As a new law graduate, Roberts clerked for appellate Judge Henry Friendly and William Rehnquist, whom he succeeded on the Supreme Court. In the 1980s, Roberts served as special assistant to U.S. Attorney General William French Smith, and then as associate counsel to President Ronald Reagan. While working for the law firm Hogan & Hartson in the mid-1980s, Roberts carried out pro bono work for LGBTQ+ rights activists and prepped arguments for the 1996 case Romer v. Evans, which involved sexual orientation as related to state law.
In 1989, Roberts took on the role of principal deputy solicitor general under President George H. W. Bush. After three years as solicitor general, he returned to practicing law privately and taught law at Georgetown University. He was part of the team of lawyers that advised Gov. Jeb Bush during the 2000 presidential election recount in Florida.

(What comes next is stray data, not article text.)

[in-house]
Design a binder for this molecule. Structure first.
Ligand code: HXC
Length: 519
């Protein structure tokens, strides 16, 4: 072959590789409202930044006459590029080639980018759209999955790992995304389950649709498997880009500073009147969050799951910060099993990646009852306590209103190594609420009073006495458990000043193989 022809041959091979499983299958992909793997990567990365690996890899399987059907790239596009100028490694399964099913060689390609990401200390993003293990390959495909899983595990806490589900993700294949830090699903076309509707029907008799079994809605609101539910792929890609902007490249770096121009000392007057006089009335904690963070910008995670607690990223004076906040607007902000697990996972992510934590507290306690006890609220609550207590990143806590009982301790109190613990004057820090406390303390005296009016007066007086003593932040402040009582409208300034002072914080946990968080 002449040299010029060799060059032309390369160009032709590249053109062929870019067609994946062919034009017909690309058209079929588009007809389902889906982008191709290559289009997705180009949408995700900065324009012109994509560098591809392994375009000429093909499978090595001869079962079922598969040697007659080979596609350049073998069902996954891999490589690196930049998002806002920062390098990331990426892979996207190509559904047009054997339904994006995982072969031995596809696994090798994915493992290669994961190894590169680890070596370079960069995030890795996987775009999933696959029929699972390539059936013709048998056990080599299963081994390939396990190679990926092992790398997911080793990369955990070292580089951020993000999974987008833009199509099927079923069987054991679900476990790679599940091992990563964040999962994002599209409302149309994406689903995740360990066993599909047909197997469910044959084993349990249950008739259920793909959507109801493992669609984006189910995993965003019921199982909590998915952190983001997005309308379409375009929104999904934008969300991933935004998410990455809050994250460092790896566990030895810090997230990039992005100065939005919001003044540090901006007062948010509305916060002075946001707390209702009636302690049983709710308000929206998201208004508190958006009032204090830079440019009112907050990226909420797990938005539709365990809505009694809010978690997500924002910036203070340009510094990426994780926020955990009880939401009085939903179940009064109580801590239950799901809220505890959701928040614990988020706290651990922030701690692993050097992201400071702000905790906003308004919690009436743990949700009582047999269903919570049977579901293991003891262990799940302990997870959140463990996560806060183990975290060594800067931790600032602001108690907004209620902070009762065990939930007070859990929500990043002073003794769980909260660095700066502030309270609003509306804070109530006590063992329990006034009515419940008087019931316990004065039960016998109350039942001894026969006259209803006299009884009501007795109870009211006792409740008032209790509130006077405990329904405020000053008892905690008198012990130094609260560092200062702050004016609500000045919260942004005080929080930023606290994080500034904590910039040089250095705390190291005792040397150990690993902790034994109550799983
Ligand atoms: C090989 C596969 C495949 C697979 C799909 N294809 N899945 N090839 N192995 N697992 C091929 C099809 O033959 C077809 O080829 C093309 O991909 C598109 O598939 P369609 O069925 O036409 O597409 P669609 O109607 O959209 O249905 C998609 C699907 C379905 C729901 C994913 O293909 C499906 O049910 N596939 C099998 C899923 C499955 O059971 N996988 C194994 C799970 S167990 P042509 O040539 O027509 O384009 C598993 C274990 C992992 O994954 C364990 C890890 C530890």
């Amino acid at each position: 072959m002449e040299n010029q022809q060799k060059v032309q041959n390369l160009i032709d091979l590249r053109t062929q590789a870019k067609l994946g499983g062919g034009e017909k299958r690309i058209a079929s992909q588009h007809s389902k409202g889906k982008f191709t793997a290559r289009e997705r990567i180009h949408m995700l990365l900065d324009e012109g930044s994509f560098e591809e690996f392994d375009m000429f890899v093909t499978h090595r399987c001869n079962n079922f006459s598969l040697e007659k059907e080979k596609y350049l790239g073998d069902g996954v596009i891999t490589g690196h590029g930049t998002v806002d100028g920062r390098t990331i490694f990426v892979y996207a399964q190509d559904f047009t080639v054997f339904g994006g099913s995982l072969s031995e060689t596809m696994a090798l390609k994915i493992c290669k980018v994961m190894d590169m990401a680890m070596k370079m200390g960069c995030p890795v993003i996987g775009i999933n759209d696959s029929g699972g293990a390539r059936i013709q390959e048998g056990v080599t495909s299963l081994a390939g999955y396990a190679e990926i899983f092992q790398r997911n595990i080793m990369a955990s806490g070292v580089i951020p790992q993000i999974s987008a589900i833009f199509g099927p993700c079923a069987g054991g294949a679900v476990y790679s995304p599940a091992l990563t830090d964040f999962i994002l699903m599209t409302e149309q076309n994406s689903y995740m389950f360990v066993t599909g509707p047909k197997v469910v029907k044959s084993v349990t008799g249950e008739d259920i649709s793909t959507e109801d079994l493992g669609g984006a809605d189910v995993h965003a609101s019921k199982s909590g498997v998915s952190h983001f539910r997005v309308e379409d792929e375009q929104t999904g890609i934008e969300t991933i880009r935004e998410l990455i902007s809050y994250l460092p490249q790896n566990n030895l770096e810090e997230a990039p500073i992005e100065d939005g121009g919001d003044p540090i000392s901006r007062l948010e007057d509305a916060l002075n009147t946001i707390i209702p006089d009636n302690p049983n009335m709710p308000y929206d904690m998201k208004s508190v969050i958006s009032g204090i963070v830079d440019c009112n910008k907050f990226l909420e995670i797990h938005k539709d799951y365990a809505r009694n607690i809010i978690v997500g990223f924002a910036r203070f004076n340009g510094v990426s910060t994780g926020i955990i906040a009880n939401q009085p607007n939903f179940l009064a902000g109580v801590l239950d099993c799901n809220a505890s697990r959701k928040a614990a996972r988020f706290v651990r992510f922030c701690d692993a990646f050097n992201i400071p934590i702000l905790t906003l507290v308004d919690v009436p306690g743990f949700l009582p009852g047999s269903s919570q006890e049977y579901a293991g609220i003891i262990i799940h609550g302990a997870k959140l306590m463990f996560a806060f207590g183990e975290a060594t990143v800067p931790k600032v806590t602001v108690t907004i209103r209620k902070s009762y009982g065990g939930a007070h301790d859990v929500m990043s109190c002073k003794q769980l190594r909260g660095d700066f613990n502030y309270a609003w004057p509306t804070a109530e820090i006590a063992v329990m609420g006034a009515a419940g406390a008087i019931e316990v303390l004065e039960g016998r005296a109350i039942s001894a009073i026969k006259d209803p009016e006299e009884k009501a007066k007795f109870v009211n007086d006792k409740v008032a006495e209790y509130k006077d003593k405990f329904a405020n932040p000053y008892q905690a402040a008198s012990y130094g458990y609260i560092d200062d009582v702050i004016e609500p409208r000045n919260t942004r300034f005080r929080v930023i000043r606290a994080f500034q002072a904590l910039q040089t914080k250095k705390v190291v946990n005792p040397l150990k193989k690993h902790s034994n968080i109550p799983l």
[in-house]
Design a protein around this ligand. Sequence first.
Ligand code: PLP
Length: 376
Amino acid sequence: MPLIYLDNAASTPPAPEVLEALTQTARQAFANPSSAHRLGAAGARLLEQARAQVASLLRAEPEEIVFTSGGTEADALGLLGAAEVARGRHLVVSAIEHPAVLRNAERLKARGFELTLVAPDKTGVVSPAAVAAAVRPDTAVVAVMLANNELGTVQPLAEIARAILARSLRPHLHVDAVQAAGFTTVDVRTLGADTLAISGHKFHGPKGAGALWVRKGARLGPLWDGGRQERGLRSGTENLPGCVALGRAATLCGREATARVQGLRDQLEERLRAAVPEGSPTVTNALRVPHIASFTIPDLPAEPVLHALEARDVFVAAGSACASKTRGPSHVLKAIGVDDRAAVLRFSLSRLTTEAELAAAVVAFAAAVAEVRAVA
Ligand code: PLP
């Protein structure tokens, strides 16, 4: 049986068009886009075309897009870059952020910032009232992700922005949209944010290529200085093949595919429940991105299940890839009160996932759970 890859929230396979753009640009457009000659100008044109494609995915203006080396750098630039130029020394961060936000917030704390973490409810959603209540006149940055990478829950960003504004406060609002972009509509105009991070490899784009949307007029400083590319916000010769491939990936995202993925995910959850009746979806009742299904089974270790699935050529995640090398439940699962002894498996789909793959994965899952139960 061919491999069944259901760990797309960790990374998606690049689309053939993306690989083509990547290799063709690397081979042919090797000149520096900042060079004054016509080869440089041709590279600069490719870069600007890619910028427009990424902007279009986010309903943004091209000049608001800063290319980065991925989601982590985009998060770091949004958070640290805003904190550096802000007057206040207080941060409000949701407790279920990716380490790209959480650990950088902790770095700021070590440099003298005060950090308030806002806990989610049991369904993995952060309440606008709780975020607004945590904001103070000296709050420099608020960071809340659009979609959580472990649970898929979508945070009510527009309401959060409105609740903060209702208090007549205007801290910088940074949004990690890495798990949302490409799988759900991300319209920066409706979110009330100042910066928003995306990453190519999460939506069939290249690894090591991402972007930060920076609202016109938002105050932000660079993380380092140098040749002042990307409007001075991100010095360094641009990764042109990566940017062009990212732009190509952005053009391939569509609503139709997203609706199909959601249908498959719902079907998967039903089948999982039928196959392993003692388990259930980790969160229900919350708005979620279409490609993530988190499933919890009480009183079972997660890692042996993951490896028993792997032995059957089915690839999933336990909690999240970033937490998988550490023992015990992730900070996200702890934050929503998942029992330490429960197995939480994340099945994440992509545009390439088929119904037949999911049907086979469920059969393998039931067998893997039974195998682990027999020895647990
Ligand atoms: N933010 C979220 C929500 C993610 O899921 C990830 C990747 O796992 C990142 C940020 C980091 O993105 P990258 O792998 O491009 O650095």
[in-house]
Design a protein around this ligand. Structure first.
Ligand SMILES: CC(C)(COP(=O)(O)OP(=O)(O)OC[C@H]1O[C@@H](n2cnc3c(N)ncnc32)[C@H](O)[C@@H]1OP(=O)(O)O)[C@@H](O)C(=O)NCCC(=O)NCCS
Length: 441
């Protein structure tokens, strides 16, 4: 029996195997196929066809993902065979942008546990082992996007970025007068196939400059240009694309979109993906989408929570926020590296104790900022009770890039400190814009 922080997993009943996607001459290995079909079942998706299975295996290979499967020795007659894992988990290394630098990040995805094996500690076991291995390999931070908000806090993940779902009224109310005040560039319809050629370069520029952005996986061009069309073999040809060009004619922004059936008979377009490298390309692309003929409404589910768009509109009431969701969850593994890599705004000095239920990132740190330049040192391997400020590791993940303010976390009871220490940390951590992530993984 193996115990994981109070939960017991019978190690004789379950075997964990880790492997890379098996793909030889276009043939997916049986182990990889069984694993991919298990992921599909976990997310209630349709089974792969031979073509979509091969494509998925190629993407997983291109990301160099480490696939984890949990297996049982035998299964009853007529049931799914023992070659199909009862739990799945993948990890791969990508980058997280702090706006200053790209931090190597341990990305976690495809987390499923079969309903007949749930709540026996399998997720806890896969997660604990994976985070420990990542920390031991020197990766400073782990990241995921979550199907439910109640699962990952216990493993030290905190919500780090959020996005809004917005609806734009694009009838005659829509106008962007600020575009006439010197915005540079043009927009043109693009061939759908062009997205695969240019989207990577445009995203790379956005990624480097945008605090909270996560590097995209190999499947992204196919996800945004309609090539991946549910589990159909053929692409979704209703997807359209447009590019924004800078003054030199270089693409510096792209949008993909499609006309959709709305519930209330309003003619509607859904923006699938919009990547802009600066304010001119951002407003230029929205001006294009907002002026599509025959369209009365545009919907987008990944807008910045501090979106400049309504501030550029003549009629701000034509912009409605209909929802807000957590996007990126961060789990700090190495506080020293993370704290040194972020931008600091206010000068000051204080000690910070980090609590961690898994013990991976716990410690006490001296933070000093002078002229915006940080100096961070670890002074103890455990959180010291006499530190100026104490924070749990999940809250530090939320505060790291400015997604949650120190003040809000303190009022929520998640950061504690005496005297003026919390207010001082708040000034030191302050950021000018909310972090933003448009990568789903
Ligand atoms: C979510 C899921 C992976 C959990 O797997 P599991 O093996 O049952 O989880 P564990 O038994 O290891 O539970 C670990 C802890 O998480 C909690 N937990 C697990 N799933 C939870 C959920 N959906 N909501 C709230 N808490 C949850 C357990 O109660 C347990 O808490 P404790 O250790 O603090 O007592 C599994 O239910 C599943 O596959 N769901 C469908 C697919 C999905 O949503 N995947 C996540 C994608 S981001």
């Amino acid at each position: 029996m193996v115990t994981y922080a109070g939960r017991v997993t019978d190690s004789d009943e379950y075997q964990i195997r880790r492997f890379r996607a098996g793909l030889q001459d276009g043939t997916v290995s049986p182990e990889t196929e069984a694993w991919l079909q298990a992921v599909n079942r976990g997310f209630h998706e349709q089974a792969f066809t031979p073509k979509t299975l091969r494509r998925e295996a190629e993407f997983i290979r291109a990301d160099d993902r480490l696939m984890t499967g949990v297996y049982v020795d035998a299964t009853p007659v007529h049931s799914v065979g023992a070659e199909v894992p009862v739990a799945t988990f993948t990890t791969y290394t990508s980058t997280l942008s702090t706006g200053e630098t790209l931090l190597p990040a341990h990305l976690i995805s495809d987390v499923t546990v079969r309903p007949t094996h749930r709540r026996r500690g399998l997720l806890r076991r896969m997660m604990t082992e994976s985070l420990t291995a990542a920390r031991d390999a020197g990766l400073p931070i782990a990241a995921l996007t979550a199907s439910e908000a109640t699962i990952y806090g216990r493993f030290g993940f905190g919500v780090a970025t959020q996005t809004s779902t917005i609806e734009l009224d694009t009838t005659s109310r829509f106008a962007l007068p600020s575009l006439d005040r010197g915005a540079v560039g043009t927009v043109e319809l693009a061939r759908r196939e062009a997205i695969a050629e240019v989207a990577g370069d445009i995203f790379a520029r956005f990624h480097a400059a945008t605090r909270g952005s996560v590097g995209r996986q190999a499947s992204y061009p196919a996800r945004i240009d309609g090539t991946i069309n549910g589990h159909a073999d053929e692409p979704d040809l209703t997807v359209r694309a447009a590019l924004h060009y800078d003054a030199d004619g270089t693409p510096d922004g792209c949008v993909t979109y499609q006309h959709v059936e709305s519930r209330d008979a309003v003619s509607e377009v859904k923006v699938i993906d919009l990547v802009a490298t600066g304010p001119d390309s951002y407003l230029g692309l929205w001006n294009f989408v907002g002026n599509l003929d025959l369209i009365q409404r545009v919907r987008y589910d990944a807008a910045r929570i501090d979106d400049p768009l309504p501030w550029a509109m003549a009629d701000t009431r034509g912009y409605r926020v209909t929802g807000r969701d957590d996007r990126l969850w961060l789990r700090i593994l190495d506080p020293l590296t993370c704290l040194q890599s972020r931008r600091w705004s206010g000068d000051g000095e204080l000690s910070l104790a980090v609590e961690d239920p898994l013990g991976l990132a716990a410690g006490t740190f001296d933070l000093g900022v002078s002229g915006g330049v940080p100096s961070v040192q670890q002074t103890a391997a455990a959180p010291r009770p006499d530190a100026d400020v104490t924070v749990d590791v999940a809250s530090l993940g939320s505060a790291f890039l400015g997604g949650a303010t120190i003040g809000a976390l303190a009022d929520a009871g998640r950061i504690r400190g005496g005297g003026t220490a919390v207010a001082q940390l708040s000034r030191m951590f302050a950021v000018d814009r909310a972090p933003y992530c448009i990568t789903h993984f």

John Roberts: Before the Supreme Court
In 2001, Roberts was nominated to serve on the U.S. Court of Appeals for the District of Columbia Circuit (D.C. Circuit) but was not confirmed until 2003 due to disagreements between the Bush administration and the majority Democratic Senate. As a Supreme Court judge, Roberts ruled over several significant cases, including Hamdan v. Rumsfeld, which was a question of the legal validity of military tribunals.
In 2005, President George W. Bush initially nominated Roberts to the Supreme Court to fill the shoes of Associate Justice Sandra Day O’Connor, who had retired. However, upon the death of William Rehnquist later that year, Bush renominated Roberts to the role of chief justice. Regarding his judicial philosophy, Roberts likened judges to baseball umpires, saying "it's my job to call the balls and strikes and not to pitch or bat."